Sure, he exercised his body, practiced fighting techniques, drilled over and over again with
weaponry, but these things brought him no joy. They were to keep him crisp, to maintain
his cutting edge, nothing more. Being in top shape was part of the business, necessary,
and he trained himself as if he were a prized show animal, proper diet, enough rest, technical
mastery as required, no more, no less. He was the equal of any serious athlete, and
against the few who might be in better physical shape or with faster reflexes, he augmented
himself with drugs or figured ways to cheat. If you wanted a man dead, it was better to
shoot him in the back from long range than to stand facing him like some holovid hero.
That was a fool’s game, and since the last man standing was the victor, it was always
better to slant things your way when possible. Soon another test would come. He must be ready
for it. So he sat, but it was not mindless meditation but mindful scheming that filled
him. In a contest like this, there could be no second-place winner, to be second was to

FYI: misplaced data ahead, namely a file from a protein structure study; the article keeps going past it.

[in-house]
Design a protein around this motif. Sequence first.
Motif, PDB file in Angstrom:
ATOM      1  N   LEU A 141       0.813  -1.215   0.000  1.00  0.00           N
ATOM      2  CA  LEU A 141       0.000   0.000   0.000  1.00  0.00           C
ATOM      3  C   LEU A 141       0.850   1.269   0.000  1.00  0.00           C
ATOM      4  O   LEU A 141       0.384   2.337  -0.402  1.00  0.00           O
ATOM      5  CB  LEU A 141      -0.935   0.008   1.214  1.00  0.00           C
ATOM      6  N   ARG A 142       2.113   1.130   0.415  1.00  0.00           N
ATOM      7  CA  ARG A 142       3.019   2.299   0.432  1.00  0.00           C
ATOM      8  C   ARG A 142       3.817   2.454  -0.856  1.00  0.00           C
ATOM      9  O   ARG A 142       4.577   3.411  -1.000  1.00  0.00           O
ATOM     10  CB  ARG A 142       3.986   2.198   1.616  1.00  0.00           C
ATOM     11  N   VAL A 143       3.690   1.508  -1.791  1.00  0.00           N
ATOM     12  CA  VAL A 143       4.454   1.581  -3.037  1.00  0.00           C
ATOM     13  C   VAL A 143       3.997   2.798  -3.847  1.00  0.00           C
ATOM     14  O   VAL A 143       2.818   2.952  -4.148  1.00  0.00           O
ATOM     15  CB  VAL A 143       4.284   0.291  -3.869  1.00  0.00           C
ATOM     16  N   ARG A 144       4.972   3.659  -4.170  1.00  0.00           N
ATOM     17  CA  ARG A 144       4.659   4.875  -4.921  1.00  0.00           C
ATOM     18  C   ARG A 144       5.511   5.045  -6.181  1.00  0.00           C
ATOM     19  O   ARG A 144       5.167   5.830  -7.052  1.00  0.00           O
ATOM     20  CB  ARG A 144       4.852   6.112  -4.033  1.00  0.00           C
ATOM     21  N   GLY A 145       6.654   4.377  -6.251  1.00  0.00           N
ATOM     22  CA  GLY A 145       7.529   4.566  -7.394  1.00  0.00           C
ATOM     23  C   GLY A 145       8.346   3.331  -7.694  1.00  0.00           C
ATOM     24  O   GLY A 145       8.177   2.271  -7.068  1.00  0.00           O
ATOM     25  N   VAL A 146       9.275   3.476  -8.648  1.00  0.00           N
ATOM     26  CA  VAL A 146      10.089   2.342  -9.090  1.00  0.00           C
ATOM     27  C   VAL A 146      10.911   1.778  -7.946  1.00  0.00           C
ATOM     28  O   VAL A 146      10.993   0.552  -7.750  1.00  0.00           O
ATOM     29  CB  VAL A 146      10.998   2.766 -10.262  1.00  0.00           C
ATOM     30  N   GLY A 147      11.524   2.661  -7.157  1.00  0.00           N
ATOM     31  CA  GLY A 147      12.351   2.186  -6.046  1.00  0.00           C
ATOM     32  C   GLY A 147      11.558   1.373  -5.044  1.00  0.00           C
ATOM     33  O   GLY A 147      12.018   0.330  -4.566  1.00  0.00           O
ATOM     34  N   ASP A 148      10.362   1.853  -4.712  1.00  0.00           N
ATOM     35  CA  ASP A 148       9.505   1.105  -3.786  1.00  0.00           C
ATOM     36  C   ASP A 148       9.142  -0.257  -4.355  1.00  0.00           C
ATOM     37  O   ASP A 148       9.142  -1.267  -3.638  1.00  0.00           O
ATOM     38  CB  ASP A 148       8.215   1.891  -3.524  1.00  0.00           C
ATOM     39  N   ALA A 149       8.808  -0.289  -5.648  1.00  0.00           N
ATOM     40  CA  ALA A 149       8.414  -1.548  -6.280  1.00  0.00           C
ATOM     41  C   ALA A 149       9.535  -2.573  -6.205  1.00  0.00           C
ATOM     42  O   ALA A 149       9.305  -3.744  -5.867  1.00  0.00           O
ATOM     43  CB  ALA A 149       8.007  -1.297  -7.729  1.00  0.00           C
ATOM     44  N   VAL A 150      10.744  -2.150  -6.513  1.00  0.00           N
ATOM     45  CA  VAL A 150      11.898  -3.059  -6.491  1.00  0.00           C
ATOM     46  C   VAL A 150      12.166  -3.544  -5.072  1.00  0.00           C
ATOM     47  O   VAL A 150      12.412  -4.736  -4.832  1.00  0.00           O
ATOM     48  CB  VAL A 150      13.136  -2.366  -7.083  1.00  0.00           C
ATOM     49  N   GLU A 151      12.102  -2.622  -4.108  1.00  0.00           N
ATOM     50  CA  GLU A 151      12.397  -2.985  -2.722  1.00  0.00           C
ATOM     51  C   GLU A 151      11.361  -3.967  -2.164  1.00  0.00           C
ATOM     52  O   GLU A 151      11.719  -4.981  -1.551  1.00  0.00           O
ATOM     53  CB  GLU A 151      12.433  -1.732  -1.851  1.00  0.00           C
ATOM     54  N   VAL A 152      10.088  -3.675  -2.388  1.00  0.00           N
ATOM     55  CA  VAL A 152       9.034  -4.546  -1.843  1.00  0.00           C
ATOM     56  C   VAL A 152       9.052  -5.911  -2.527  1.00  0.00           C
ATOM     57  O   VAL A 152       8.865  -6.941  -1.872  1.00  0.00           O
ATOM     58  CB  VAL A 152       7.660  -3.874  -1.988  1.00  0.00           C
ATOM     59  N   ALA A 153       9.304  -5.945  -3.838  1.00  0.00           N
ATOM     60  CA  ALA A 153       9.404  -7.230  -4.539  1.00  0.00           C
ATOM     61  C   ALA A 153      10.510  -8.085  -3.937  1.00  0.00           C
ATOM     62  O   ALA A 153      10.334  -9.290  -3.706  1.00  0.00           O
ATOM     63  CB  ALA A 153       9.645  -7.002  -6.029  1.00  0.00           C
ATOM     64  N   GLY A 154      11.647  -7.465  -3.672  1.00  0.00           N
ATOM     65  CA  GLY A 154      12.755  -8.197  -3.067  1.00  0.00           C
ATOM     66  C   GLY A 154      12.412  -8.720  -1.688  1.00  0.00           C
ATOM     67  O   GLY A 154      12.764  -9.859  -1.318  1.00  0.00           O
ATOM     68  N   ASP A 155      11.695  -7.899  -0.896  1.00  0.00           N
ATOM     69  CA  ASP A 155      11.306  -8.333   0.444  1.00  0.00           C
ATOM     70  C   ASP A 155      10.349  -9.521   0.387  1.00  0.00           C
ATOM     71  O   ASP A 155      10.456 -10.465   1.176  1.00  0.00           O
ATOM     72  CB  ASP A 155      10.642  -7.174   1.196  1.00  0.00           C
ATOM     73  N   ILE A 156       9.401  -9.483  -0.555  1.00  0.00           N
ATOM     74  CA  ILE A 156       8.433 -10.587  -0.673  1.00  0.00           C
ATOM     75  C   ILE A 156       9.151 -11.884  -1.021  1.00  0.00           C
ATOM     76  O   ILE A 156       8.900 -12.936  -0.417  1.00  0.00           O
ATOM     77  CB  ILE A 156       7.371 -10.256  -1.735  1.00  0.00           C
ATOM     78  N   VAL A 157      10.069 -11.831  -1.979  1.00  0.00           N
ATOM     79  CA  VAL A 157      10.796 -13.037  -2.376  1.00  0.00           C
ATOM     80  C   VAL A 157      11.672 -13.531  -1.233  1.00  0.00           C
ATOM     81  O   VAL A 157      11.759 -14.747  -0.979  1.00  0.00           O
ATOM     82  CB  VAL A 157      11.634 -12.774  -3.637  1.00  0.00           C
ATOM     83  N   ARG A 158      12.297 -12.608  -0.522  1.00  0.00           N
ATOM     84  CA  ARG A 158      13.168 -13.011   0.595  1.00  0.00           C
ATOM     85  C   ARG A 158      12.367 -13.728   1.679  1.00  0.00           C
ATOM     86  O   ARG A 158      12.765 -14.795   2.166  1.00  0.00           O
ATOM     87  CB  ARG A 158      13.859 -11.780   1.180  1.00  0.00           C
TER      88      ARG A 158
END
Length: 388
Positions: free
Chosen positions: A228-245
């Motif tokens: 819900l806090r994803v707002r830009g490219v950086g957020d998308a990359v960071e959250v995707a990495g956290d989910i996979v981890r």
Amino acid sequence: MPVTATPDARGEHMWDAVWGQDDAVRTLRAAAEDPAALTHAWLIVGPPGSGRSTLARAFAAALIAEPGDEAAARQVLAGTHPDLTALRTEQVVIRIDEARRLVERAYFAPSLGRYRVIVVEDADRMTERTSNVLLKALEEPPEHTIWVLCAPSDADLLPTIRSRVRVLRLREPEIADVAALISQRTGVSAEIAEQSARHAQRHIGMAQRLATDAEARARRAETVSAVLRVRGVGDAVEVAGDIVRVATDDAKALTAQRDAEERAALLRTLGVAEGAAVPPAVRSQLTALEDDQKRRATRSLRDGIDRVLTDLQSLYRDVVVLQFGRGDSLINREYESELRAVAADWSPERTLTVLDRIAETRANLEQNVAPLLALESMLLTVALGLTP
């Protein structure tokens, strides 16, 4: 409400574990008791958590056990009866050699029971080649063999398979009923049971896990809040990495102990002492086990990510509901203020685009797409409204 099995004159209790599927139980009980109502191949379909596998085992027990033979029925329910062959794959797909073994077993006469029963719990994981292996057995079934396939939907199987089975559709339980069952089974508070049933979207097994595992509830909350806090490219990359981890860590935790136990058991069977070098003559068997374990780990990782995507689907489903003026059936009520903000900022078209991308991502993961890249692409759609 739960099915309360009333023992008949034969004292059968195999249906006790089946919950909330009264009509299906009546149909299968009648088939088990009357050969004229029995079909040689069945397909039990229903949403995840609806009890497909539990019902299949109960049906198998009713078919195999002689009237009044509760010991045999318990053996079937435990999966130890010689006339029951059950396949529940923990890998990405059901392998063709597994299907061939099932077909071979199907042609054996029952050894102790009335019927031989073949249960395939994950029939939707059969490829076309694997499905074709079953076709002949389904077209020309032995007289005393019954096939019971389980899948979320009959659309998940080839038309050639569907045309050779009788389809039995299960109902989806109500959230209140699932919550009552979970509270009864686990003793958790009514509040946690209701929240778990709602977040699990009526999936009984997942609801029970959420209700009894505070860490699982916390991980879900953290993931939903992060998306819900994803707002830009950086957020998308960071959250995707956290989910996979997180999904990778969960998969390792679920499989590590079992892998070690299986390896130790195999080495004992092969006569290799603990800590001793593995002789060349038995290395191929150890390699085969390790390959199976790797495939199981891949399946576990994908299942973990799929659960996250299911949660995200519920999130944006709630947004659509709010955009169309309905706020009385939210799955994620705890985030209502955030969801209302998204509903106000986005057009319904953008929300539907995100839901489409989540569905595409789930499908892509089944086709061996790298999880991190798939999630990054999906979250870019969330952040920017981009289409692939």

be last and to be last here was to be dead.
Pvt. Jones was taking her turn at the proximity sensor board. Ten minutes into her tour, a
bogie began blipping. She wasn’t deep in this kind of work but since the computer did
most of it, all she had to do was ask. She alerted Colonel Stephens. Jones said. “Sir,
the PS says there’s a vessel out there only a hundred klicks back and closing. The thing
musta blown a circuit or something, right?” “Could be an echo, that happens,” Stephens
said. “Run a diagnostic.” “Affirmative, sir.” Jones touched a button.
The image gridded, words sprayed across it, and the result came up almost immediately:
DIAGNOSTIC CHECK COMPLETE, ALL SYSTEMS FUNCTIONAL. “Damn,” Jones said. “Excuse me, sir.
There is a ship out there. I’ll sound General Alert.” Se reached for the red button cover,
started to flip it up so she could reach the alarm control.
“No,” Stephens said. “Sir, if that’s a ship we have to assume
it’s hostile to our mission, that’s SOP—” By now, Jones had turned enough to see that
Stephens had drawn his side arm. An issue softslug pistol. He shot her. Through the
left eye. Gore spattered on his coverall as Jones’s head snapped back and smashed into
the sensor board. “Sorry,” Stephens said, reholstering his
weapon. The colonel waved his hands over the com unit. “Stephens here,” he said. “Everything
is set. Prepare for docking.” “Copy that,” came Massey’s voice from
the com. “We are on the way.”
While General Alert hadn't been alarmed, the squad certainly felt the K-019's docking.
They went to arm themselves, only to find the loading mechanisms of their rifles had